stephenson
 

Donna Starzyski, Title 1 reading teacher, has made this room inviting with the Elementary School carpeting brought over and stuffed animals . The Stephenson High School is merging with the Elementary School and they want to make it inviting for the younger students.

 
 

STEPHENSON — From the outside, the Stephenson Area Public School looks very much the same; but on the inside, the middle/high school building is filled with more color, and grades, than ever before.

The Stephenson Board of Education voted last summer to combine the two building school district into a single building beginning the 2020-21 academic school year. This decision was made in light of an ongoing drop in student enrollment, which is currently at 470 students. This includes about 70 students who are exclusively working online during the COVID-19 pandemic.

The transition from two buildings to one has been a smooth one, according to Superintendent Susanne Carpenter.

The school board, the previous superintendent Ron Kraft, and herself have faced several issues with the transition and planned accordingly. Much of the initial decisions were made before Carpenter become superintendent in August.

Walking into what is now the Stephenson K12 building, one of the first things a person may notice is the amount of color in the hallways. The school has featured many murals and student paintings for the past several years, but now some of the artwork is geared specifically to its youngest members of the student body.

Of course, there are still murals of Eagles, the school mascot, and painted ceiling tiles left by past senior art students, visitors to Stephenson School District will now find paintings of bumblebees and the alphabet drawn in bright colors as they walk through the hallways. In the classrooms, the youngest students are greeted with colorful decorations and carpets.

While the new colors and decorations make certain parts of the building feel like an elementary school, ensuring that the areas designated for the youngest and oldest students remain separate was a goal the school board had in mind when transforming the middle/high school building into a K12 building.

Carpenter said they did not want students of differing ages to “intermingle” more than necessary. To help keep the students of similar age groups together, and separate from other age groups, the student body was divided into four subgroups: high school (9-12), middle school (6-8), upper elementary (3-5) and lower elementary (K-2).

Each group has its own lunch period.

K-2 classrooms are downstairs on the southside of the building and 3-5 graders are upstairs. Carpenter said the 3rd through 5th grade students have one wing of the upstairs designated to them, while middle/highs school students have the other end.

However, dividing the upstairs (which is a single hallway) into an elementary wing and a middle/high school wing did lead to one issue: Bathroom usage.

“There’s only one bathroom upstairs, so the teachers set up a schedule and its worked out really well, so the elementary kids aren’t in the same bathroom as a high school student,” Carpenter said.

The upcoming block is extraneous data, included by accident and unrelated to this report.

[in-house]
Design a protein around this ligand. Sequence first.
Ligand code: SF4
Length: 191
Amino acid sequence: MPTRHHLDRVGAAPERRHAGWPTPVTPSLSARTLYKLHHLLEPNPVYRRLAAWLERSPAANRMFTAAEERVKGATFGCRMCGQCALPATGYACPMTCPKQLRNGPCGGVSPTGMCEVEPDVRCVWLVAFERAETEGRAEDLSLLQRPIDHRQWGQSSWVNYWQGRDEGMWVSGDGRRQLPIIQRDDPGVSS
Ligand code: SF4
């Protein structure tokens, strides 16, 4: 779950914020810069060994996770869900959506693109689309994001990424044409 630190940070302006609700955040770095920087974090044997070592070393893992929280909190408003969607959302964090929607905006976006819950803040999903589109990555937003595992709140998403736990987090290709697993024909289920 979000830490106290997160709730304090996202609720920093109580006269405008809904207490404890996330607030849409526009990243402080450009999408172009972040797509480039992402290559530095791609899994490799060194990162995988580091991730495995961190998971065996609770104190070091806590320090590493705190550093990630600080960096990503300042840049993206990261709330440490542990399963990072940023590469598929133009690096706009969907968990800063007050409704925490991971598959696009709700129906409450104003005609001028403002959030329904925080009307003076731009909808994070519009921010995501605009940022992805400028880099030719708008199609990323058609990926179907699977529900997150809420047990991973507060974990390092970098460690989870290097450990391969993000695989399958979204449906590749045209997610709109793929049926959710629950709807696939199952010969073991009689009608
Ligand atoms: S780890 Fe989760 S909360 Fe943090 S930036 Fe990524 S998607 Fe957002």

She said there is 25 minutes of every hour designated for middle/ high school students to use the bathroom and there is a planned time that 3rd through 5th grade goes to the bathroom as a group. In the case of an emergency, a teacher will accompany a student to the bathroom, she added.

To accommodate a larger student body, the school now has two locations where buses drop off and pick up students, instead of just one.

Three buses are dropped off at the southside building, where the K-2 classrooms are located and four buses drop students off on the westside of the building.

Carpenter explained that bus routes with a higher percentage of lower elementary students were picked to drop their students off at the southside of the building.

At both drop off locations, adults wait for younger students to bring them to their classrooms.

“I think it’s just K-2 now, at first we did it for K-5 but the the 3rd through 5th grade have gotten to their routine on how to get to their classroom,” she said.

The change in buildings did not warrant a change in the recess schedule. Even the location of recess has not changed, as the playground remains at the former-elementary school building.

“We didn’t move the playground equipment,” she said. “It would be too expensive, plus we would need to have inspections and everything else if we did.”

Paraprofessionals walk students from the middle/high school building to the former-elementary school building property so they can enjoy their recess.

If a teacher wants, they can also bring their students to the playground at other times throughout the day.

“Teachers can tell when their students need a break, so they are welcomed to take their students to the playground to run around for a few minutes when needed.”

She said there were no unforeseen difficulties with the transition because there was a good plan involved. However, the COVID-19 pandemic did put a few snags in the plan.

Originally, the school had planned on giving incoming students, especially K-5 students, a tour of the building before the academic year began; however, that plan was altered in the face of the COVID-19 pandemic.

Carpenter explained that they wanted to have an open-house so parents and students can familiarize themselves with the building and meet teachers, but instead they asked that parents called and scheduled an individual tour. The district also hosted virtual tours online, where teachers showed their classrooms and introduced themselves on video.